HPAC Safety Advisory – July 2022
There’s a new guy on the block
by Jerry Mason, new member of the HPAC Safety Committee
When I was a young, freckle-faced teen in the Royal Air Force (RAF), working on the McDonnell Douglas F-4 Phantom, flight safety had nothing to do with me, or so I thought. After all, I didn’t fly, I stayed on the ground, so how could flight safety be of concern to me? Because of this very attitude, the RAF spent a few hundred dollars creating dramatic movies (it was a while back) that attempted to educate us to think otherwise. The presentations would particularly highlight how a chain of events usually lead up to an accident or incident and if any part of that chain was removed, the accident or incident would not have occurred. This still holds true today. We put ourselves under pressure through time constraints or pressure from our friends or fellow pilots and we end up in a similar scenario where a chain of events is forming and heading towards an accident or incident. More of us have been there than care to admit; I know I have.
I’d like to address this very issue, the topic itself (flight safety) and how you can contribute to a safer flying environment, yes you!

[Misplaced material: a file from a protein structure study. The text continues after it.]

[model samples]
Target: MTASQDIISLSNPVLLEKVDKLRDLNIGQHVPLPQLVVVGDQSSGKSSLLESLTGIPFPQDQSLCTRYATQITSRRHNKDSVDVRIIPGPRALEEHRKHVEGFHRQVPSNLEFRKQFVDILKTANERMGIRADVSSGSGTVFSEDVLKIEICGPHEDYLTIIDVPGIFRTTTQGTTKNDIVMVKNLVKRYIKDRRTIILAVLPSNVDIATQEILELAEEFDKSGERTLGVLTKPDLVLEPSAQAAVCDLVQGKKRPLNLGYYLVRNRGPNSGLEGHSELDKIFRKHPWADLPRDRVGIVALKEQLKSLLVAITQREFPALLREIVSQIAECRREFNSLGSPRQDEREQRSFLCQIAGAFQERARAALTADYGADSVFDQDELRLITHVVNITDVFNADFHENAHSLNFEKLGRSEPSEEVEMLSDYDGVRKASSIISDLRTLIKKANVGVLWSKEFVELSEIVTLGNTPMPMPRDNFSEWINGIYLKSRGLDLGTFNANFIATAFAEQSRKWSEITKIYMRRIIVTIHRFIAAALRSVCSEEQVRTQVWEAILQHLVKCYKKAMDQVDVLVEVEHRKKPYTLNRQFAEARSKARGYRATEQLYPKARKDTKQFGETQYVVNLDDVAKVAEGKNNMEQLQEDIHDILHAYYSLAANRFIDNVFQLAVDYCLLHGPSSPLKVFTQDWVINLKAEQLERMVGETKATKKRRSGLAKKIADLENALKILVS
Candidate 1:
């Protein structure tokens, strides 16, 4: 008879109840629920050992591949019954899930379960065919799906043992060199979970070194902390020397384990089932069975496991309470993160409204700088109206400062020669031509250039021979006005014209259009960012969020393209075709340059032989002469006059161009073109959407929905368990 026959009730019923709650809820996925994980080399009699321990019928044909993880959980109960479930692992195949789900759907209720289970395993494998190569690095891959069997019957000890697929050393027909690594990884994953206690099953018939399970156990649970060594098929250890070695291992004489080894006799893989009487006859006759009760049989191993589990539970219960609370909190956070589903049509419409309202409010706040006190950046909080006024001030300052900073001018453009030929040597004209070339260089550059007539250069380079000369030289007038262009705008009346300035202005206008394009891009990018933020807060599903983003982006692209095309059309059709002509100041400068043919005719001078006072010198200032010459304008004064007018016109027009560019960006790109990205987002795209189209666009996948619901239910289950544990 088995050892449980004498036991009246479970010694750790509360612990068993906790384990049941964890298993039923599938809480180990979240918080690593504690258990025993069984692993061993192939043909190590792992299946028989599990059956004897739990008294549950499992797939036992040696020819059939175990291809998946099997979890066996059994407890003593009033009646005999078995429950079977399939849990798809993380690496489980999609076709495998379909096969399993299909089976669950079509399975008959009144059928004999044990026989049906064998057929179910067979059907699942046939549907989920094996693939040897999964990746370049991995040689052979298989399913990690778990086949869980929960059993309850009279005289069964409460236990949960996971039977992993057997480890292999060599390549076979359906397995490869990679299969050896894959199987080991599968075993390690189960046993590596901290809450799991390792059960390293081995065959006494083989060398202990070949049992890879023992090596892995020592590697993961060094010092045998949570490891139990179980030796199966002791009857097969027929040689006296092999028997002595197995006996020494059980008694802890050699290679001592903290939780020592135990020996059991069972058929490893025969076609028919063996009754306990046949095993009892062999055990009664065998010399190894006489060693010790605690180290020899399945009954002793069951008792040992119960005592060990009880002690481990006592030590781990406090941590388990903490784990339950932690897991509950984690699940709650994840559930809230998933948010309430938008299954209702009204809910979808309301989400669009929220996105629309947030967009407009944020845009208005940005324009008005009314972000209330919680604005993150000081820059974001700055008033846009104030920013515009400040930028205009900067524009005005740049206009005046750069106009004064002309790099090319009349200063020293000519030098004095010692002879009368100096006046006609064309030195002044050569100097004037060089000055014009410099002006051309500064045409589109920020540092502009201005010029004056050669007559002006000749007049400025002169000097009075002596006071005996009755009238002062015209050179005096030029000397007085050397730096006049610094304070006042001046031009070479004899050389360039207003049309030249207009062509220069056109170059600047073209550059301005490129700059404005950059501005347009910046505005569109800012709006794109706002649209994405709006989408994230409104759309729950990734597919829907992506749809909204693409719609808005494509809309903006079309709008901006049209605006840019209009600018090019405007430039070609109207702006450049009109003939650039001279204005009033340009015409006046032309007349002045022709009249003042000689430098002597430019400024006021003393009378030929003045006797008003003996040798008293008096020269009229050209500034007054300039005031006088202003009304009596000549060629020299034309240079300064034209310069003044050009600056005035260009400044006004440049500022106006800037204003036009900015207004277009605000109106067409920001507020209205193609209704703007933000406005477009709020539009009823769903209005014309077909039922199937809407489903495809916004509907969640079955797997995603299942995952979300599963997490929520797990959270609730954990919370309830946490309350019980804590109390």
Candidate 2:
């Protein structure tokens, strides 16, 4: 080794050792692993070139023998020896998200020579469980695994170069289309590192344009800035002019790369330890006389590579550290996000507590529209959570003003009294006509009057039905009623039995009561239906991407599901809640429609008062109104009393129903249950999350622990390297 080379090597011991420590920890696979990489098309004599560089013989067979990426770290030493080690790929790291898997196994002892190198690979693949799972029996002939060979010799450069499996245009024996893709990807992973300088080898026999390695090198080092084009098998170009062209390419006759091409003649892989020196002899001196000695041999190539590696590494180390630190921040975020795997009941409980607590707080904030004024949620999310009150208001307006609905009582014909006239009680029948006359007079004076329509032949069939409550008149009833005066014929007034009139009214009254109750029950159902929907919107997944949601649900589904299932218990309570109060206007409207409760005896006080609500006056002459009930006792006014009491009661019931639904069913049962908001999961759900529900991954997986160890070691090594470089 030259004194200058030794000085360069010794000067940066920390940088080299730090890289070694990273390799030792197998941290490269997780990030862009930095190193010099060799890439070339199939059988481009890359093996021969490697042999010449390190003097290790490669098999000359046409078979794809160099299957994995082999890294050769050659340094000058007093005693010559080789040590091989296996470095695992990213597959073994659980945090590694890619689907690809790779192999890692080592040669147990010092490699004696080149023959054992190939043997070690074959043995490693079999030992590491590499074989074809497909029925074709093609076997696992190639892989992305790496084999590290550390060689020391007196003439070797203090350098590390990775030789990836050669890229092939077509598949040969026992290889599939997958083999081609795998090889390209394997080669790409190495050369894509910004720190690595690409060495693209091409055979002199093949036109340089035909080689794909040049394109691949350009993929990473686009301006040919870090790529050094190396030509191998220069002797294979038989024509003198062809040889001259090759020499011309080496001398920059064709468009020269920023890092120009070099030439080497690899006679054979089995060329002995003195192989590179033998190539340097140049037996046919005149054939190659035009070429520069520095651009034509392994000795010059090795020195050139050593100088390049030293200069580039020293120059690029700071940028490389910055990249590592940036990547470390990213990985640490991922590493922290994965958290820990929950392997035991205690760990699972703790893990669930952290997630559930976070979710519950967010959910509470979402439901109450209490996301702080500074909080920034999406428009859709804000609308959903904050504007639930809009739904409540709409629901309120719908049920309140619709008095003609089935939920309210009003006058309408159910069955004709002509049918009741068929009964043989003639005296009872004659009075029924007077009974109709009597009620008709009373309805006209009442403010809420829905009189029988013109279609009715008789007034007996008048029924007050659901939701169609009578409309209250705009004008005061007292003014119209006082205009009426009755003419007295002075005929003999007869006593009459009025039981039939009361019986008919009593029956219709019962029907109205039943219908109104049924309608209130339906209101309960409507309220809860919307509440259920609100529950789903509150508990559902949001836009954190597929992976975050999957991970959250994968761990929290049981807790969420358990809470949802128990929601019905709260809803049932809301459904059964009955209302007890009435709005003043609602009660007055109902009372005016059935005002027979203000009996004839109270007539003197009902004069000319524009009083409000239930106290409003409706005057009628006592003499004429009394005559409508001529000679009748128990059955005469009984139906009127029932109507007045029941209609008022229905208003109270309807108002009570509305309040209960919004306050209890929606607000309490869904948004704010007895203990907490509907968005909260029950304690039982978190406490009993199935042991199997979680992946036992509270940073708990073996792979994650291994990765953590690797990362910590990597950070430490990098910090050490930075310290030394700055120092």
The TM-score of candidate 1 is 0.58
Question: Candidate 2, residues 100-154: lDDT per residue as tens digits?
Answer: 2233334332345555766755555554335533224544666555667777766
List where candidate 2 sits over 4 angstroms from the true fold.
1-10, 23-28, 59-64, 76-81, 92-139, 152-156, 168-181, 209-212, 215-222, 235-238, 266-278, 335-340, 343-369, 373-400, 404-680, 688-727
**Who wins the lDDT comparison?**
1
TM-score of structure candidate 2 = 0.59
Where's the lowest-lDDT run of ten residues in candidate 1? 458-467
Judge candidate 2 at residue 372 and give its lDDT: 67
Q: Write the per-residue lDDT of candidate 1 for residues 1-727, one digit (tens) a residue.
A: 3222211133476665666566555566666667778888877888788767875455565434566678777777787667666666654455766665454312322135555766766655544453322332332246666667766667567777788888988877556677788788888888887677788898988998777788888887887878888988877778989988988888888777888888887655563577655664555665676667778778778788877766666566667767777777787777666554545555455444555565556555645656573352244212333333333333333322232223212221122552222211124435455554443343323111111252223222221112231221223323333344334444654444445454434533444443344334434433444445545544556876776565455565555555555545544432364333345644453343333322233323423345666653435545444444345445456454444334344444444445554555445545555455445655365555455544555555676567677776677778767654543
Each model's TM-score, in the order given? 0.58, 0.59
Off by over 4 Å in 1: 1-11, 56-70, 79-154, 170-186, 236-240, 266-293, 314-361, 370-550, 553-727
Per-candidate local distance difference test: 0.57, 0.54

Whether you were one of the pioneers risking life and limb, determined to get airborne during the early years of our sport, or a student who has just taken their first step through the door of a local flight school, Flight Safety is YOUR business, it truly is everybody’s business!
It’s a great phrase to throw around, but what is flight safety, what is the definition? Flight Safety is the study and practice of managing risk in aviation. The onus is on YOU, not just our organization or Safety Committee, but also you, to do your utmost in reducing and controlling the risks associated with our sport to an acceptable level and there are many ways we can do this.
The technology, computer modelling and materials that are present in our sport today, literally are ‘state of the art’ and occurrences of structural, material failure or uncharacteristic performance issues within the tested flight envelope are virtual unheard of. So where does this lead us? Well, statistics alone show that 75% of aviation accidents and incidents are attributed to human factors, in other words, you!
General aviation has continually focused on reducing these statistics with analysis of both accidents and incidents resulting in recommendations concerning procedures, maintenance, training and modifications to aircraft, the goal being to reduce the chance of the same incident or accident happening again. It makes sense, right?
Although we are not regulated by Transport Canada, it makes sense that we should try and mirror what Transport Canada would expect from us, as if we were regulated by them. There’s a whole lot more happening outside of the little bubble you are flying in that you cannot ignore. It’s far from just you, your wing and the thermal you are climbing in, such as other air traffic and airspace. We are sharing the sky with the likes of Air Canada and other general aviation. So it is in our interest, for the benefit of all pilots, to lessen the chances of an accident reoccurring in our sport.